In places, the fringes of the park, under the spread of the plane trees, are deliberately left overgrown with shrubs and wild plants to provide habitats for wildlife and encourage biodiversity. At the northern end is a wilder pocket, like a piece of woodland thicket where several homeless men, with sleeping bags and possessions gathered around them, are sitting in a group, talking together and smoking.
The original design of the gardens was by John Russell, the sixth Duke of Bedford (Gordon Square was named after Lady Georgina Gordon, his second wife and Woburn Square named after Woburn Abbey, the Duke of Bedford’s country seat). He laid out both gardens with elaborate arrangements of curving paths, shrubberies and lawns, for the sole benefit of residents of the surrounding terraces. By the end of the 19th century the layout of both gardens had been made less formal, with serpentine paths and more natural looking shrubberies, borders and tree planting.
I set up to draw in the dust dry shade of a broad beech next to a central island rose bed. Colour rich and intense. A sporadic breeze cools my hot neck. The park fills with gatherings of young Education First (Summer Language School) students from around the world. A group of young East Asians sit on the grass to picnic just in front of where I’m working and glance at me nervously in case they’re in my view. They are but I decide not to include them in my drawing. They talk and laugh excitedly. One or two come over and glance at my sketchbook and nod and say ‘Very nice, very nice’. Summer school leaders circulate with placards reading ‘chocolate’ and ‘vanilla’ and shepherd their animated groups together and away for the afternoon’s sessions.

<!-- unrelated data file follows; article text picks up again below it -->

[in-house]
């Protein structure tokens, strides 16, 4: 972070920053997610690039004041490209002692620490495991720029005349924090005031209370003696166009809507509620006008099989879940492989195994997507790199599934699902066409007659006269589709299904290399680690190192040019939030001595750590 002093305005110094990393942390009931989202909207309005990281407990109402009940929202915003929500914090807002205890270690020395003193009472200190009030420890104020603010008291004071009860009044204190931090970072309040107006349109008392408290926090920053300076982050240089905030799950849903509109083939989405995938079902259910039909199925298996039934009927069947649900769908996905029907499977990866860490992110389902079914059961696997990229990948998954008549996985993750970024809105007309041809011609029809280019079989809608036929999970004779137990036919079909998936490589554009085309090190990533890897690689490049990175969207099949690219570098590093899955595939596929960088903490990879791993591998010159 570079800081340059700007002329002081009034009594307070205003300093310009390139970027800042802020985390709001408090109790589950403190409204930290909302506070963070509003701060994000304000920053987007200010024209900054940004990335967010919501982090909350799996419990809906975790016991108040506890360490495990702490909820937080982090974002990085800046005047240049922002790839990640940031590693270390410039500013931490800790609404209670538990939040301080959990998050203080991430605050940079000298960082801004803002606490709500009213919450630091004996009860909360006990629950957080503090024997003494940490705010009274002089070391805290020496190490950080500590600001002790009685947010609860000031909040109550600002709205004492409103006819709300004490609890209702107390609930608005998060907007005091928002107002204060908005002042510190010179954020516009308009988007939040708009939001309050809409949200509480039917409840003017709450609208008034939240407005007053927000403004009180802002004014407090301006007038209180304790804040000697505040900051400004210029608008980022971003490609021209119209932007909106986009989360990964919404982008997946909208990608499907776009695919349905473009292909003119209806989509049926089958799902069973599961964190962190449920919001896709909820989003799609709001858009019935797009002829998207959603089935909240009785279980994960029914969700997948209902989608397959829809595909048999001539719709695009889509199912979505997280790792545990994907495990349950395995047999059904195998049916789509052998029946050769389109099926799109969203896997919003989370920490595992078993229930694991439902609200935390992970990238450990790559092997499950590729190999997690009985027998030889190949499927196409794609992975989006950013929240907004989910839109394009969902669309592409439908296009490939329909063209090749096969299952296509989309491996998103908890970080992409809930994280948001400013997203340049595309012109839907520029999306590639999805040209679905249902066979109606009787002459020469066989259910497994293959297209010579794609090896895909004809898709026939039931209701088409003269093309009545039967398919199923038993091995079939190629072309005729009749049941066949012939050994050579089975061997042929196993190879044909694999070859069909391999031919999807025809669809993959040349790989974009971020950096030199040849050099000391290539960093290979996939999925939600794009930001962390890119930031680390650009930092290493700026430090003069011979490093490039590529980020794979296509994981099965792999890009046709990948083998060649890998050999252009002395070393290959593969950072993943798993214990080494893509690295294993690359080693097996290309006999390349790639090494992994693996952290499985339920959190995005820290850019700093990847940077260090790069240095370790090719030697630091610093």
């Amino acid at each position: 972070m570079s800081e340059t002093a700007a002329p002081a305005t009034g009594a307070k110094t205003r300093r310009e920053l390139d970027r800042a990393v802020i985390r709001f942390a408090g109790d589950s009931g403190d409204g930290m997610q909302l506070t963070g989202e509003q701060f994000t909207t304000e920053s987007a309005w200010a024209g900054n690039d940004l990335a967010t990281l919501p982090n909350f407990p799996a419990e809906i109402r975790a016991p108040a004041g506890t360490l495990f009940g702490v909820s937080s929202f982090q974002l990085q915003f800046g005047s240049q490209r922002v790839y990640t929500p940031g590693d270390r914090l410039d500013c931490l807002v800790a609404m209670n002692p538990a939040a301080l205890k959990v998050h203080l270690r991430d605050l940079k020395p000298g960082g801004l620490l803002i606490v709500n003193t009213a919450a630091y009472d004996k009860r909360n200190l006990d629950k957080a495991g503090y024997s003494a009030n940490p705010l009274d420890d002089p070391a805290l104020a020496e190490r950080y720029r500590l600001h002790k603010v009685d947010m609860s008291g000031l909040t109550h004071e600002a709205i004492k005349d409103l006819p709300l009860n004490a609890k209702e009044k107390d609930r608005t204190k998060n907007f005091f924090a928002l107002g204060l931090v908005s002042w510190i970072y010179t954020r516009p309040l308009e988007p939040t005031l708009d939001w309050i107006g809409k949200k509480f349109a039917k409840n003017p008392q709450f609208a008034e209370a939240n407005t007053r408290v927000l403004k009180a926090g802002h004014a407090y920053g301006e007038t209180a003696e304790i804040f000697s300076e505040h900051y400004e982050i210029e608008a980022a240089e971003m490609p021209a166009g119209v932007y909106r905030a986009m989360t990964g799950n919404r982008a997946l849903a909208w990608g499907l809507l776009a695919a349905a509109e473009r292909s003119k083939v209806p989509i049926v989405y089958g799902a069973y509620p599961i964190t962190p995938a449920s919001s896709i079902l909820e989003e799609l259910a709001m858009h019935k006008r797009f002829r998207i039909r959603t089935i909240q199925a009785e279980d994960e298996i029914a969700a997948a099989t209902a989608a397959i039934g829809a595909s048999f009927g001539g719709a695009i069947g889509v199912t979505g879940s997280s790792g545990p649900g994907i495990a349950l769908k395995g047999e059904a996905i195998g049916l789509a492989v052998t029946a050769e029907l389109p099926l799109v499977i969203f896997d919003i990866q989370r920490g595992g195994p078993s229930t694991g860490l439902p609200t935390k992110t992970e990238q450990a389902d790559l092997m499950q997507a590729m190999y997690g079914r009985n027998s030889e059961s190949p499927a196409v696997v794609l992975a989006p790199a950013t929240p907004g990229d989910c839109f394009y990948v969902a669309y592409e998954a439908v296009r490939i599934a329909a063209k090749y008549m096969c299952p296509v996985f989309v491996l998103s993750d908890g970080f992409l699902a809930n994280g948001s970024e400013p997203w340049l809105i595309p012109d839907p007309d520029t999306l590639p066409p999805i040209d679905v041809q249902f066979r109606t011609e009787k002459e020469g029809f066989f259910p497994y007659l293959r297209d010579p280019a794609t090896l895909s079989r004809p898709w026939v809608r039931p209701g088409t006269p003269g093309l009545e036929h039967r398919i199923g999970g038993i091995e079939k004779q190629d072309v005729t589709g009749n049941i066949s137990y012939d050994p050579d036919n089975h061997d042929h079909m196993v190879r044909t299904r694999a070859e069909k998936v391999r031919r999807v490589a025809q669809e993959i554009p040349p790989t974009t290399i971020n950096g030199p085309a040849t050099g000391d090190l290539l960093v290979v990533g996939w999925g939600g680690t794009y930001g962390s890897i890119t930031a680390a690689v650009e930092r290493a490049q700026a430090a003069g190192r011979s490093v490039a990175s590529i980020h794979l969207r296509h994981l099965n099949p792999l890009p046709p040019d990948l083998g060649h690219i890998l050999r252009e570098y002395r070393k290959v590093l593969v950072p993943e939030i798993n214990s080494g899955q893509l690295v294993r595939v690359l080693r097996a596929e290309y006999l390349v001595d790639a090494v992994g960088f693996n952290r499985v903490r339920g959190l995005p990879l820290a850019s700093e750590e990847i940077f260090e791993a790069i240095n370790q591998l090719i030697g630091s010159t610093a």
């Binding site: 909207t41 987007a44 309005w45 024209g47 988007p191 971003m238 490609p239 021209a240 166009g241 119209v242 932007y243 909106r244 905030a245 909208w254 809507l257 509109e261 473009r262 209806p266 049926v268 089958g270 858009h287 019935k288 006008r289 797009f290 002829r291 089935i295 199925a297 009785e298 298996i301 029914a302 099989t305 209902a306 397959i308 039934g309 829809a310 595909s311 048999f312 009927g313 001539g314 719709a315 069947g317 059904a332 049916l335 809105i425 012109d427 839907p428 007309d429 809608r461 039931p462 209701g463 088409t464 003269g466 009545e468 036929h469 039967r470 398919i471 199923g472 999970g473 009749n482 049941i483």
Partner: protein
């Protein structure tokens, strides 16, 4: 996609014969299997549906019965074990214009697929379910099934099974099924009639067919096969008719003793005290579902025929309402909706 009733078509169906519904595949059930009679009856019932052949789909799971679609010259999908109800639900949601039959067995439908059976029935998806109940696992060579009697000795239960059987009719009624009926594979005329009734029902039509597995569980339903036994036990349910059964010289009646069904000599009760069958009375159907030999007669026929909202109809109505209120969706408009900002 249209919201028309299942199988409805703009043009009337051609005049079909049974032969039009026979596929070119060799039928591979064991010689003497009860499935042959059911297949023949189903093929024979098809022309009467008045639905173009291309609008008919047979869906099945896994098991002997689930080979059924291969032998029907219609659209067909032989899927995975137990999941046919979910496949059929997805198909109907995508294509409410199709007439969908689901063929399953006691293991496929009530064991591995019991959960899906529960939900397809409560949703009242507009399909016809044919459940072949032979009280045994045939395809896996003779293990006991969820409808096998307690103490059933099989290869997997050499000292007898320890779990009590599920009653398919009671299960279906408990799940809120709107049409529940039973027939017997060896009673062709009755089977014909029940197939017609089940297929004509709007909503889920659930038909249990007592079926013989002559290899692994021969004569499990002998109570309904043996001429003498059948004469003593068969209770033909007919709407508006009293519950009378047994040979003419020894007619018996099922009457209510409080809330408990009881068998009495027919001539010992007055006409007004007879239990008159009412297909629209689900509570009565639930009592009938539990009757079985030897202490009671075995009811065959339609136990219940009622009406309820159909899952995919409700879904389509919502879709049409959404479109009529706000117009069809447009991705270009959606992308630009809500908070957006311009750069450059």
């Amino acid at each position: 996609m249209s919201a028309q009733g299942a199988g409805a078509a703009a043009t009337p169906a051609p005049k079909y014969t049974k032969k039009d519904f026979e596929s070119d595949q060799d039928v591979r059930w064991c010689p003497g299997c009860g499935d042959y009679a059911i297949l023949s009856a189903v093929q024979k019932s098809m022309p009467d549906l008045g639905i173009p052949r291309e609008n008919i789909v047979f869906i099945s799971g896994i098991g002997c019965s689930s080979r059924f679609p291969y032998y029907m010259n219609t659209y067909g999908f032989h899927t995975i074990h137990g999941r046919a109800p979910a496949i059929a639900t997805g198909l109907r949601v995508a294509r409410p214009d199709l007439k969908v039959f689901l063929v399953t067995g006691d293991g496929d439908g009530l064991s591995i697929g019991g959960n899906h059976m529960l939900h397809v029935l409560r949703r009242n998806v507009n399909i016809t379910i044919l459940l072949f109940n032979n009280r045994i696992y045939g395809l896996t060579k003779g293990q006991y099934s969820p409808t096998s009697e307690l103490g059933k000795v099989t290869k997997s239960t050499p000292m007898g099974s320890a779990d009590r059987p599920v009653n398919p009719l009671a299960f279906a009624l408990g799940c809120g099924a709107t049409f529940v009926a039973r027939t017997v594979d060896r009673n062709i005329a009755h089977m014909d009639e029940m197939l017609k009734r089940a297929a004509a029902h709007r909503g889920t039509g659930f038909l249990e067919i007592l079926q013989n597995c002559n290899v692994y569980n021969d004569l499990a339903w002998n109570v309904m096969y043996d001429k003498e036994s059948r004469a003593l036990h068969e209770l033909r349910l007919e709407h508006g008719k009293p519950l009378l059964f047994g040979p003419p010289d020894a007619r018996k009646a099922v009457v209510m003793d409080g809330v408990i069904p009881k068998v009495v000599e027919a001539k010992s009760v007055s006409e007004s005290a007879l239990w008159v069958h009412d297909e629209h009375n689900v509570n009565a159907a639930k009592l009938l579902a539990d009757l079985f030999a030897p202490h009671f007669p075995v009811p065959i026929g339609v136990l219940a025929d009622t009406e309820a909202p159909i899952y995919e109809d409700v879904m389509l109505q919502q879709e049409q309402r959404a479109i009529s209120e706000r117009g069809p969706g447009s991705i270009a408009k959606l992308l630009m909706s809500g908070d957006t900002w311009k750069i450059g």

The University of London was founded in 1826. The following year it moved into the grand neoclassical Wilkins Building, just round the corner from here. However, over the next decades, with expansion and the need for ever more space for new educational roles and departments, by the twentieth century it had outgrown this and other sites in London. In 1920 the Duke of Bedford agreed to sell a large parcel of his Bloomsbury estate, including these two squares, for the building of new University premises.
I pack my things and leave the teeming Gordon Square. The day has heated further and there is the scent of warm dust and diesel as I cross the road which separates the two parks. But the air freshens as I enter the shade of Woburn Square Garden. A patched pattern of light scatters across the long rectangle of lawn, transforming it into a giant rug laid out in a lofty hall. The leafy roof held high with great plane tree trunks for pillars.